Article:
“Oh, God!, Why?”

That question has echoed in the minds of everyone ever since news of the horrific Newtown school shootings.

It broke my heart to hear of so many dying in such a horrific attack. There’s something especially sad about elementary school children being senselessly slaughtered. It is doubly sad that to realize young innocent lives were violently murdered during this Christmas season as Christians prepare to celebrate God’s greatest gift, the birth of Christ The Savior. There are no words to describe the anguish being felt by those who are suffering today; our heart and prayers have, and will go out to them. There are so many tragic stories, so much pain. So it begs the question, “Why? Why did God allow this?” And the second question is what should we do as Christians?

That “why” question is not a new one – it goes back thousands of years. It was asked in the Old Testament by Job and the writers of the Psalms, and it was especially relevant during the 20th Century, where we witnessed two World Wars, the Holocaust, devastating famines in Africa, the genocide in Rwanda and ethnic cleansing in various parts of the globe. And don’t forget 9/11.  But the shooting of 20 children? Why can such a thing happen if there’s a loving and powerful God? How can such a thing happen to the most innocent of us?

As a father of two, I can’t imagine the pain that the parents of these precious little souls must be going through right now. But, as we look at God’s word we see that Jesus was honest about the inevitability of suffering. In John 16:33 He said, “In this world you will have trouble.” He didn’t say you might—He said it is going to happen.

But if you ask me this question: “Why did God allow a gunman to choose an elementary school and then allow him to kill so many children?” The only answer I can honestly give consists of four words: “I do not know.” I don’t have God’s mind; I don’t share his perspective. In 1 Corinthians 13:12 we’re told, “For now we see only a reflection as in a mirror; then we shall see face to face. Now I know in part; then I shall know fully, even as I am fully known.”

Someday we’ll see with clarity, but for now things are unclear. We can’t understand from our vantage point. Even though we can’t understand everything about it, there are some truths that we can and should believe.

First, when God decided to create human beings, he wanted us to experience love. But to give us the ability to love, God had to give us free will to decide whether to love or not to love. Why? Because love always involves a choice. Rick Warren addressed this issue on the 10th anniversary of the 9/11 terrorist attack. Evil, the ugly twin of goodness, Rick wrote, is part of God’s “greatest blessing and our worst curse: our capacity to make choices.” Rather than make humankind into puppets that he could pull by a string, says Rick, God granted free will so that he might be “loved and obeyed by creatures who freely, voluntarily choose to love him and each other.”  Love is not genuine if there is no other option. So in order for us to experience love, God bestowed on us free will. But unfortunately, we humans have abused our free will by rejecting God and walking away from him. And that has resulted in the introduction of evil into the world. Evil like what happened at the school.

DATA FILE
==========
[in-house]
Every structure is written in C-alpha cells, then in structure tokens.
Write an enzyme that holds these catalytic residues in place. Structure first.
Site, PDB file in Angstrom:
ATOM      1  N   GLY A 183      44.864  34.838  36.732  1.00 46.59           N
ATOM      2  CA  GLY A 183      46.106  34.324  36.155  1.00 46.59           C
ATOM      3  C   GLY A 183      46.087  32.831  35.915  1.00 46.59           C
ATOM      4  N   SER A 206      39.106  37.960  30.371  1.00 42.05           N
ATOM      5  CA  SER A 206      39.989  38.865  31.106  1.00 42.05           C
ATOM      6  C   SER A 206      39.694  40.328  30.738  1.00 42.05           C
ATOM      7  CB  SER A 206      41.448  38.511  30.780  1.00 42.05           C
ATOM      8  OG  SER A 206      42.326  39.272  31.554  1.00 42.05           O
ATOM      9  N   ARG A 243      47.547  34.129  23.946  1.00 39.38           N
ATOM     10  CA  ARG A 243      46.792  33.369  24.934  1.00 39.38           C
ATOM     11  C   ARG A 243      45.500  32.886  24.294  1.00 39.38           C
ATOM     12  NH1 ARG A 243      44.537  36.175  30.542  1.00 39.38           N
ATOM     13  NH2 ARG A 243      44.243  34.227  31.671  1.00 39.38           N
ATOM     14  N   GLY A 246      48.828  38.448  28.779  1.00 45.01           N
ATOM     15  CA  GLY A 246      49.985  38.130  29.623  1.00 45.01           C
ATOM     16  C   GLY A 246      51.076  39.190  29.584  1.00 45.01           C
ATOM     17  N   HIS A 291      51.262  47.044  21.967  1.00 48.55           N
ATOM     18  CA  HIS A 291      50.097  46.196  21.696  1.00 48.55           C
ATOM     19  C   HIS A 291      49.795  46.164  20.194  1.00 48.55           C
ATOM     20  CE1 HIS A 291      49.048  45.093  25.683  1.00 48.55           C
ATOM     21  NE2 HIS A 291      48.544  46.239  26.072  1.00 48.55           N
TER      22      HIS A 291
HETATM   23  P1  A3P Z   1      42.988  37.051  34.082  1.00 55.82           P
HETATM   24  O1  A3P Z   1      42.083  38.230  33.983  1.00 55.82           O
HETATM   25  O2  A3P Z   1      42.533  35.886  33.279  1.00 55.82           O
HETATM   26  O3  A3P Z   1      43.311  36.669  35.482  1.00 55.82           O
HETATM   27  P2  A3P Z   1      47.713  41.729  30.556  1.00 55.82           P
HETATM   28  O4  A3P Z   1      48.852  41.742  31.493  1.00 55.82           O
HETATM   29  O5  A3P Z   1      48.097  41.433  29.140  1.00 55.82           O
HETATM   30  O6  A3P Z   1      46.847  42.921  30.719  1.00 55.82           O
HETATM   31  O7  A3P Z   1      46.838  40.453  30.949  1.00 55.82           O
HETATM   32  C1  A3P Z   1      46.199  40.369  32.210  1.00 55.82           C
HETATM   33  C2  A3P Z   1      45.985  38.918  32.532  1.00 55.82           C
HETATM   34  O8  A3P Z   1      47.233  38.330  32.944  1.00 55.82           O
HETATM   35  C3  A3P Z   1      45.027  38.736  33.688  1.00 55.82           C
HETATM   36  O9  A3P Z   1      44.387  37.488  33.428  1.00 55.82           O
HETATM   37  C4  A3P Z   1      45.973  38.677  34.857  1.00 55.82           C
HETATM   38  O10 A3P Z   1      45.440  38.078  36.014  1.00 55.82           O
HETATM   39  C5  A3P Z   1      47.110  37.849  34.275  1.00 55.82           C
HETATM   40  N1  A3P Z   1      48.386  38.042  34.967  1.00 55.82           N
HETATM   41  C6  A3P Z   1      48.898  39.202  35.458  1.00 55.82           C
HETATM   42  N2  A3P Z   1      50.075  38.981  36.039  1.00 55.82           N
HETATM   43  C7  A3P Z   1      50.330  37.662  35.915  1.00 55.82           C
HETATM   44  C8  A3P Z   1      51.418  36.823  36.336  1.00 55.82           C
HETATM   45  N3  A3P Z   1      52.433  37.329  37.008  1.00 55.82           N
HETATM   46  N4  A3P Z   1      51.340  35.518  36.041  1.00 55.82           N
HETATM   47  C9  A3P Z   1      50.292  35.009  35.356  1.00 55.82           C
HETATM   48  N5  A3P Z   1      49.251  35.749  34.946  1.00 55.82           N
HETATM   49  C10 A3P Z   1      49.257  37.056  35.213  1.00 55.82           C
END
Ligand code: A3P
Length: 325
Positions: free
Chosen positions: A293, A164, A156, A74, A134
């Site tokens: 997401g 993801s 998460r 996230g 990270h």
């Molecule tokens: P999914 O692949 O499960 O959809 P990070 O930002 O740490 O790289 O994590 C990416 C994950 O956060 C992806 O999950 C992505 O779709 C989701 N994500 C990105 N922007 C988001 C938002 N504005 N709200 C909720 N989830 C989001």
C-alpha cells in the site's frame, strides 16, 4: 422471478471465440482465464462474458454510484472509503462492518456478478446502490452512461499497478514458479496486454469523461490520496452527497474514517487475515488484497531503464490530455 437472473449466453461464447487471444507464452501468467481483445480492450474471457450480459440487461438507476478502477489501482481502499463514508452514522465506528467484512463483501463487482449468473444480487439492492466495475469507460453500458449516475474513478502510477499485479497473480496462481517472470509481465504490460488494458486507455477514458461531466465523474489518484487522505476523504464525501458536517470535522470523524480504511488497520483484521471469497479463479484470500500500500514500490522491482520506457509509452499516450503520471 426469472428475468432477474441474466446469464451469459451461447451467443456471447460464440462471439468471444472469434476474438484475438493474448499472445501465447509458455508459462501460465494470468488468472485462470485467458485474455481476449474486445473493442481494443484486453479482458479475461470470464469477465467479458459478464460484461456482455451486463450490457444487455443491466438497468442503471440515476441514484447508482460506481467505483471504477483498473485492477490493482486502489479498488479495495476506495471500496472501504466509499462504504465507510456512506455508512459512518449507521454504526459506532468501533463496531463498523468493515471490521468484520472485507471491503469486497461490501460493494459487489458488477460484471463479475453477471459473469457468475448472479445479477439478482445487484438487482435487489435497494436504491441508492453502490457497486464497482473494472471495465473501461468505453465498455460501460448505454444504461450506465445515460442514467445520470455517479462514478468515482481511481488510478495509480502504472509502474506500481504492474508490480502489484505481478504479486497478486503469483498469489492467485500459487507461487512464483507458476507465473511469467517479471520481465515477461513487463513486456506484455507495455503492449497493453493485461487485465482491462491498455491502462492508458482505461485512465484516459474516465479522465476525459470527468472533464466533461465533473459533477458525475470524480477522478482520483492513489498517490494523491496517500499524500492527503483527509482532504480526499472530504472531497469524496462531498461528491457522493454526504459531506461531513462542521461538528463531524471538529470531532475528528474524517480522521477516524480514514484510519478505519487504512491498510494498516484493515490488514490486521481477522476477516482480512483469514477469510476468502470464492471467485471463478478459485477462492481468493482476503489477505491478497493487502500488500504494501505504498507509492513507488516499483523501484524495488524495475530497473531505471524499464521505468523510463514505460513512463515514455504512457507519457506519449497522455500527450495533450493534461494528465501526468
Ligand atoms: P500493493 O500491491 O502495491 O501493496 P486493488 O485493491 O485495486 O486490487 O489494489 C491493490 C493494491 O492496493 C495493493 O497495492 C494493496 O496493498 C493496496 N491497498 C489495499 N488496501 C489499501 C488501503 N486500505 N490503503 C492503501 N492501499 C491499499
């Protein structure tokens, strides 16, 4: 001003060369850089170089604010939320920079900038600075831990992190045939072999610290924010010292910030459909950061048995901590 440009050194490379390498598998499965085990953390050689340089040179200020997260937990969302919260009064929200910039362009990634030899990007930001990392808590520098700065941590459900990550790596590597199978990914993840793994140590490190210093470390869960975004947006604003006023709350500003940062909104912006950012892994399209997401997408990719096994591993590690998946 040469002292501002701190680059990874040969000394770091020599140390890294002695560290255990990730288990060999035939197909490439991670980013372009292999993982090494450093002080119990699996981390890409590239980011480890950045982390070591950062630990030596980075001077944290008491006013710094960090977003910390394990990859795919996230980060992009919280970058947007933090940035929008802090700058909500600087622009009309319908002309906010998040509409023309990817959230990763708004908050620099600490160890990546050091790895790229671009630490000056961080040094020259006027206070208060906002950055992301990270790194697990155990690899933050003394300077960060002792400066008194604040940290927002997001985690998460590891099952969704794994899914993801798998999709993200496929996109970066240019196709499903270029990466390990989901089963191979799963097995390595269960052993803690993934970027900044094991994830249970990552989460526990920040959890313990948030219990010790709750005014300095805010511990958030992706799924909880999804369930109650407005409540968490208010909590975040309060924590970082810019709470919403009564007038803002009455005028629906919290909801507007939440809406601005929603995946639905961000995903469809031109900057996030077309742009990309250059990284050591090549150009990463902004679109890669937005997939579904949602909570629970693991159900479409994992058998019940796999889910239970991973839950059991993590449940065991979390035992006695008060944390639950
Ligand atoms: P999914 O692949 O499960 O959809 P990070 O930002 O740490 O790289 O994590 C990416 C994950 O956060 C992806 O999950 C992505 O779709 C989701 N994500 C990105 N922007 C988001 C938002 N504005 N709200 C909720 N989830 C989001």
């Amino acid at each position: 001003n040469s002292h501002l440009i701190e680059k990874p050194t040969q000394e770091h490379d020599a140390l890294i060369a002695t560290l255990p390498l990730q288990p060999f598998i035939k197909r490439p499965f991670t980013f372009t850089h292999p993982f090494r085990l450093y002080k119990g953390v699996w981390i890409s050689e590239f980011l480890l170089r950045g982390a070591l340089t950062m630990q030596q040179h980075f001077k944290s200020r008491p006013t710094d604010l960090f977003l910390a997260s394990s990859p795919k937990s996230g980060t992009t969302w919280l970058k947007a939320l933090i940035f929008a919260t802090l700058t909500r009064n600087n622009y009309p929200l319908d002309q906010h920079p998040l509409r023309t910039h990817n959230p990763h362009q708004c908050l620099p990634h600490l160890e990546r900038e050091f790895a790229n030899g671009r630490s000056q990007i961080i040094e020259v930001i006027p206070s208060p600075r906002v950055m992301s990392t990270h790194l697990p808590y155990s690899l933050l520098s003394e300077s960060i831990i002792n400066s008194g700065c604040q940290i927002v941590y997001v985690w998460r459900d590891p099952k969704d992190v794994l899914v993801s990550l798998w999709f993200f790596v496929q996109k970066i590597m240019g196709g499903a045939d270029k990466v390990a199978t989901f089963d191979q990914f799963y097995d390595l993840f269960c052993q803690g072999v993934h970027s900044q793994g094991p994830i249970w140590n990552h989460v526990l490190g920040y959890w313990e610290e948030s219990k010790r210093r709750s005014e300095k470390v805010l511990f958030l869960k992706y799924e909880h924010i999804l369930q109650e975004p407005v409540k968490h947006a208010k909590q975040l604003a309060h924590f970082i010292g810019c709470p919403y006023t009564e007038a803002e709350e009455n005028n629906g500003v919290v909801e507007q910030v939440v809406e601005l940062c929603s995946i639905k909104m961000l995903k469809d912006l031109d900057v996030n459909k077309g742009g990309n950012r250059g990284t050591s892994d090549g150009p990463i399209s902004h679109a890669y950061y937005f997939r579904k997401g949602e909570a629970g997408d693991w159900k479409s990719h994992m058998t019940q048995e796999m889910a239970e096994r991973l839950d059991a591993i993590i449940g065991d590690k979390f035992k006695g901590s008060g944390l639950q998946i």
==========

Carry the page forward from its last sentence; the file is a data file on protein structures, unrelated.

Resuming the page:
Some people ask, “Couldn’t God have foreseen all of this?” and no doubt He did. But look at it this way. Many of you are parents. Even before you had children, couldn’t you foresee that there was the very real possibility they may suffer disappointment or pain or heartache in life, or that they might even hurt you and walk away from you? Of course—but you still had kids. Why? Because you knew there was also the potential for tremendous joy and deep love and great meaning.

We need to remember that God offers us the two very things we need when we’re hurting: peace to deal with our present and courage to deal with our future. Through his own suffering and death, he has deprived this world of its ultimate power over you. Suffering doesn’t have the last word anymore. Death doesn’t have the last word anymore. God has the last word.

So how should we as Christians react to these horrific events?

First we need to mourn. There is a time to mourn, and this is it. We mourn for these children. We mourn for their parents. We mourn for this school and the surviving children and teachers who forever will be traumatized by these terrible events.

Second, we pray. We pray for God to act on behalf of this Connecticut school, its teachers, administrators, children and parents. We ask for him to comfort them in their grief. We pray for the elementary, middle schools and high schools in our own community. We pray for their safety and salvation.

Third, we reach out. This nation needs the gospel now more than ever. We need to reach everyone with the hope of Jesus Christ. Invite your friends to hear the message of peace and hope that will be presented next Sunday during our Christmas message.